The image – taken this year in the far northwest Hawaiian islands – is going viral, drawing attention to a rare phenomenon that continues to target scientists who are now seeking the end-to-end seals to "make better choices."
It all started about two years ago, when Charles Littnan, a lecturer of the monk seal program, woke up to a strange email from researchers in the field. The topic was short: "Nell in nose."
"It was like," We found a seal with a wool stuck in his nose, do we have a protocol? " Littnan told the Post.
There was nothing, Lieutenant said, and it took some emails and phone calls before the decision was made to raise the eagle and try to pull it out.
"It was only possible that two inches of the eagle were still sticking out of the nose, so it was very important for the magician's trick, when they pulled out the handkerchief and they came and came and came," he said. .
After less than a minute of tagging, a 75-cm dead venue emerged from the seal's nail.
Since then, Lieutenant has been there at least three or four reported cases – the recent event of the US. It. Autumn. In all cases, the ills are quickly removed and the seals are "doing great," he said. However, none of the survivors survived.
"We have no idea why this is happening," said Littnan. "You see some very strange things if you watch nature long enough and it can end up being one of the few oddities and mysteries of our careers that 40 years from now, we'll be retired and still questioning just how it happened."
Researchers have been determined that this is not the result of a person with a personal vendetta against seals and ills, since all cases are reported from remote islands that are only frequent by scientists. Lyttnan has said that he has a few theories about how a wool can usually end up wedge in a seal's nos.
A seal spherical – usually fish, octopuses and, of course, etc. – How to hide in coral reefs to avoid being eaten, and since the marine mammals do not have hands, they have to hunt with their faces.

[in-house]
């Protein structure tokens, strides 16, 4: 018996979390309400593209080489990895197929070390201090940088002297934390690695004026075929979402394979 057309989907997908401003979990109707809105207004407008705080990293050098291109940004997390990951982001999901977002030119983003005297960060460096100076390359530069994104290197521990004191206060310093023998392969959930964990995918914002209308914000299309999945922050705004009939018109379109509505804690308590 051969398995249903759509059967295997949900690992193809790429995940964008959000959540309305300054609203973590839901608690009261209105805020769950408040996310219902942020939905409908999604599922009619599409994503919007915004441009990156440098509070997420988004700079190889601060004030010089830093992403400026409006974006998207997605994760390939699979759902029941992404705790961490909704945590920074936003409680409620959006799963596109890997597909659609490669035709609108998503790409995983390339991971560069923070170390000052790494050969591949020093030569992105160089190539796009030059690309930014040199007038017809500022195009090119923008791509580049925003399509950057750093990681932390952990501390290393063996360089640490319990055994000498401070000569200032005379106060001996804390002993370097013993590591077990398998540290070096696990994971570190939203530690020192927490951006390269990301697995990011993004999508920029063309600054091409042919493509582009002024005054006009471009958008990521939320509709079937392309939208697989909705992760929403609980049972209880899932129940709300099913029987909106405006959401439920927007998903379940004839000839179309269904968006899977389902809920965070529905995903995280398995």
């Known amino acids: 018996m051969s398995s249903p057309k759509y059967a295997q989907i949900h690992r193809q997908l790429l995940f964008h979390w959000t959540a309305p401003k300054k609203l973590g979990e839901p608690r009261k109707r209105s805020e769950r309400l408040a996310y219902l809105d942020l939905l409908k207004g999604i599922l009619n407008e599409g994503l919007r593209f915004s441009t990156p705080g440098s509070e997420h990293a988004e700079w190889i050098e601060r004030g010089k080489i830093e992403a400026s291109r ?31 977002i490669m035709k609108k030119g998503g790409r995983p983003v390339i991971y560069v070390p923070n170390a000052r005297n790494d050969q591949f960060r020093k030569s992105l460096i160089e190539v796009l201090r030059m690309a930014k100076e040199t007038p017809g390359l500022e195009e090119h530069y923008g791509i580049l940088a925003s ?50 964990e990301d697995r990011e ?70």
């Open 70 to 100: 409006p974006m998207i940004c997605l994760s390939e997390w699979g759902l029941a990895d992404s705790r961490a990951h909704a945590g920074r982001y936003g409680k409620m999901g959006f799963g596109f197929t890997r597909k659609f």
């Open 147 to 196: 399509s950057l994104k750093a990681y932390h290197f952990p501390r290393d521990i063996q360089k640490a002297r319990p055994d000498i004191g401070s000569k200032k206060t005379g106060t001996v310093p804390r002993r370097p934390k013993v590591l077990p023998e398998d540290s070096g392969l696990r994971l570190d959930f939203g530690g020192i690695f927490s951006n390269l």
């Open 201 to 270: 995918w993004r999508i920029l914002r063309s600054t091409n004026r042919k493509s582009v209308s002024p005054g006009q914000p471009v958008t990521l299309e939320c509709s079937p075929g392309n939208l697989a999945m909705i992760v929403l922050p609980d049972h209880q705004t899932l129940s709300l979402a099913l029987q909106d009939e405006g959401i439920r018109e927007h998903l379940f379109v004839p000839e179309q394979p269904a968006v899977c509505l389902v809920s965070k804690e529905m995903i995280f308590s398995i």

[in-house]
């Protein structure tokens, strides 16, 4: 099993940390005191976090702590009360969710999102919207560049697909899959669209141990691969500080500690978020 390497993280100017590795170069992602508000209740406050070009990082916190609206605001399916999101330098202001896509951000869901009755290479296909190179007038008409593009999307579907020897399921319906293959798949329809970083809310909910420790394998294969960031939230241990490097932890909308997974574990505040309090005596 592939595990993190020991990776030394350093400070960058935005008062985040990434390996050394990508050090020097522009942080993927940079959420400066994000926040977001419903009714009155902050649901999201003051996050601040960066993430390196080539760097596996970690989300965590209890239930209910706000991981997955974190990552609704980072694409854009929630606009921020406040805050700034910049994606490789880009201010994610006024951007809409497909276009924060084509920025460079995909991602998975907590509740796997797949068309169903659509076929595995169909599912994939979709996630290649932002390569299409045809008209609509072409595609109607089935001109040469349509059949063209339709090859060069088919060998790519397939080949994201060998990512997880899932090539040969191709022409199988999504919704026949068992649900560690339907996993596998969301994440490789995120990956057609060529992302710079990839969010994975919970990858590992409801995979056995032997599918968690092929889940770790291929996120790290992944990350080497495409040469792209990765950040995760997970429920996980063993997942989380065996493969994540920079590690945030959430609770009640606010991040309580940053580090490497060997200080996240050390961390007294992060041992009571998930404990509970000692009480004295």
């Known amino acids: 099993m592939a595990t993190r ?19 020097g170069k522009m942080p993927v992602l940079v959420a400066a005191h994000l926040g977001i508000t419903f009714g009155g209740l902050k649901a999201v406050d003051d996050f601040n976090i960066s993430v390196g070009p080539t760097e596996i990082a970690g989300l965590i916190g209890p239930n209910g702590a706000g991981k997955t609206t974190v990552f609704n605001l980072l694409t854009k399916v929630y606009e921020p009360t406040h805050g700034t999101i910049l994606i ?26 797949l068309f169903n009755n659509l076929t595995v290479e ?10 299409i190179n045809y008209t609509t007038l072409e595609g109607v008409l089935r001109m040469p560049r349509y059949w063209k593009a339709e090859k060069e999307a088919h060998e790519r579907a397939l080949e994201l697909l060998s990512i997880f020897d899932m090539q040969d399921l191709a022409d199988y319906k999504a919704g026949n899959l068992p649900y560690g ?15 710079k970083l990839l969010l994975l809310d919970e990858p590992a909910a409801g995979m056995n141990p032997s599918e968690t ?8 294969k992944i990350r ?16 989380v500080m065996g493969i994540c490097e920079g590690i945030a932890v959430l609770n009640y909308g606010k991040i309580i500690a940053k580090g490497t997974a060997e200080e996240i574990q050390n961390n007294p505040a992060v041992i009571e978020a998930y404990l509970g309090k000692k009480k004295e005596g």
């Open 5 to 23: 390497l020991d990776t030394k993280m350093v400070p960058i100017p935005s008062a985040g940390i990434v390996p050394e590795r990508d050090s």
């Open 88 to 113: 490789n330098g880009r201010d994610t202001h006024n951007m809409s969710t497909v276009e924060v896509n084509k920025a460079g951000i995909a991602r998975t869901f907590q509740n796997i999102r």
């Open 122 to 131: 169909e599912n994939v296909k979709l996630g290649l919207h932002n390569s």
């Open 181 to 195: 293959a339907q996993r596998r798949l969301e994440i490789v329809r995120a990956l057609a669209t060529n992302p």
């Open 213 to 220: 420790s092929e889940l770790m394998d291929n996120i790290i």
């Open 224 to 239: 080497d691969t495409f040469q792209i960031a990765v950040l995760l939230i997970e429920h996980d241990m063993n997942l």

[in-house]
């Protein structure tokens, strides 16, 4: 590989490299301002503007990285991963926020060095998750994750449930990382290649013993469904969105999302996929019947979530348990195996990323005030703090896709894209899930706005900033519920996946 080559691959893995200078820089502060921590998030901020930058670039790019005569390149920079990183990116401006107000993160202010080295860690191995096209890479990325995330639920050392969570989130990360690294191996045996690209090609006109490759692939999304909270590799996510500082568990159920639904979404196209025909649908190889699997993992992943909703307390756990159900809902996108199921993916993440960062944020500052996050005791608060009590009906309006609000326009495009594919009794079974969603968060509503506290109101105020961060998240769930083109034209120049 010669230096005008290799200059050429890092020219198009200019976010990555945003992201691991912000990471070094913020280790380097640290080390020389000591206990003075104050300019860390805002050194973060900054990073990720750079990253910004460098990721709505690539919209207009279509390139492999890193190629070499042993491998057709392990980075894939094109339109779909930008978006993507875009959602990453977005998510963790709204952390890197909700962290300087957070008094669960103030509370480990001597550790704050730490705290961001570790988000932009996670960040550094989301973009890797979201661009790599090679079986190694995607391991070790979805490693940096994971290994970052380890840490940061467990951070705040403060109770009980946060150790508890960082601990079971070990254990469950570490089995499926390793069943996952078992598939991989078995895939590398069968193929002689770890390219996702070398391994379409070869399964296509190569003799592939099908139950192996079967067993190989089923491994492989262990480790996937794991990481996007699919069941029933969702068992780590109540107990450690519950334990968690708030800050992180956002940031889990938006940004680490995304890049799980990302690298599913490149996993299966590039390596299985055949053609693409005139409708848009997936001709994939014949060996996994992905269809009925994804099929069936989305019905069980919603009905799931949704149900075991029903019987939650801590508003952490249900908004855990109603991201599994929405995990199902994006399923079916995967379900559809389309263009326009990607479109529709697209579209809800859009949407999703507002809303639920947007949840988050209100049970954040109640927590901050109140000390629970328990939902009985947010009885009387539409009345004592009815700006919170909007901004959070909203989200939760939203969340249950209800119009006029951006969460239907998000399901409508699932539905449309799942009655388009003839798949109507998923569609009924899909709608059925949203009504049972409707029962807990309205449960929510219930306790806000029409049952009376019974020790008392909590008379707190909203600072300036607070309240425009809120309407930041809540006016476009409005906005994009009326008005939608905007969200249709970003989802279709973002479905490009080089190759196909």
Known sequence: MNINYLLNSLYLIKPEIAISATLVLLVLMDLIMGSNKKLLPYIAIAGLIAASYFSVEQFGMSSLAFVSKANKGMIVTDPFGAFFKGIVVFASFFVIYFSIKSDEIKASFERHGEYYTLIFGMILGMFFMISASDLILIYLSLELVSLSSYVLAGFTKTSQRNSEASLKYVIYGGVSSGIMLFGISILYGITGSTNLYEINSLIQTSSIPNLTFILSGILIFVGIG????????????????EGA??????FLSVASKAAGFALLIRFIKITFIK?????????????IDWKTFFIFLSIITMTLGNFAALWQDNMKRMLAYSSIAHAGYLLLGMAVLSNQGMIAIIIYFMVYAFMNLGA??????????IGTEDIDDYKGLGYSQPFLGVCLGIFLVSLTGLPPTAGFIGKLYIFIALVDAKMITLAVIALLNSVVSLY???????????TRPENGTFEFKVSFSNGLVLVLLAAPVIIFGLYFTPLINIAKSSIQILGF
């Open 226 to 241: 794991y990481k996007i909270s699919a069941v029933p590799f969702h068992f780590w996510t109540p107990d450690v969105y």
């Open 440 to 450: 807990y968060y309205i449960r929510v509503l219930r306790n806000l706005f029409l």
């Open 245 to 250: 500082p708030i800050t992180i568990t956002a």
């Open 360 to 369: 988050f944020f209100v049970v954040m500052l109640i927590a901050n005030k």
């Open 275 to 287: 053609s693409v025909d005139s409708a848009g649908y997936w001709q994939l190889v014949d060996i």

"They like to stick their faces in the coral reef holes and they will spit water out of their mouth to just things out and they'll do all sorts of tricks, but they are shaving their faces in holes," said Littnan.
Perhaps he said, a corner that decided that the only way to escape or to protect himself was to swim up the nest and young seals that are "not really adapting to their food yet" forced to study a tough lecture.
But Littner said that the theory did not make much sense.
"They are really quite long, and their diameter is probably close to what it would be for a nasal passage," he said.
He adds that the nostrils of a monk seal, which reflexively close when it is diving for food, is very muscular and it would be difficult for any animal to push through.
"I struggle to think of a wool really wanting to force his way into a nose," he said.
The other way to end up in Noustras is by throwing up. Similar to how people sometimes end up accidentally spewing foods or beverages from their noses, which may also occur to seals that often regurgitate their meals.
Still, Lieutenant said that it could not seem that a "long, fat eager" would end up with a seal of the nose, but not of his mouth. The "most plausible" theory, he said, is that monk seal teenagers are not all that different from their person counterparts. Monk seals "seemingly naturally continued to overcome troublesome situations," said Littnan.
"It has to feel like one of the teenagers' trends," he said. "One jewelery seal has this very stupid thing and now the others are trying to imitate it."
Although no seals have died or have been seriously affected by the oil, having a dead animal up their noses for any extended amount of time poses potentially adverse health impacts, said Simeon, director of Ke Kai Ola, a monk seal hospital in Hawaii Run by the Marine Mammal Center.
With a noble lump in his nose, a monk seal can not be able to shut down the blocked needles when diving, which means water can get into their lungs and cause problems, such as pneumonia, said Simeon. A decomposed worm carcass may also lead to infections, she said.
On Facebook, the photo of the seal has more than 1600 reactions as early as Friday morning. The caption read, "Mondays … It does not have a good one for you but it has to be better than a winger in your nose." It also became a trending moment on Twitter.
Many expressed sympathy for the seal to experience what one of the Twitter user created as "the most uncomfortable thing ever".
"Rip whatever, but how much must it have been for the seal when it is pulled out?" Another man wandered.
However, Littn said that the young seal "was apparently fine oblivious to the fact that there were two feet of eel sticks out of his face."
In general, SamMone has marine animals are "very stoic", adding, "It's amazing the kinds of things they can tolerate."
While "all sorts of people" still caught up in the seal community, Littnan hoped he never did.
"We hope it's just one of the things that will disappear and never seen again," he said.
If monk seals could understand people, Lieutenant said that he had a message for them: "I would be pleased to stop them."
The Washington Post
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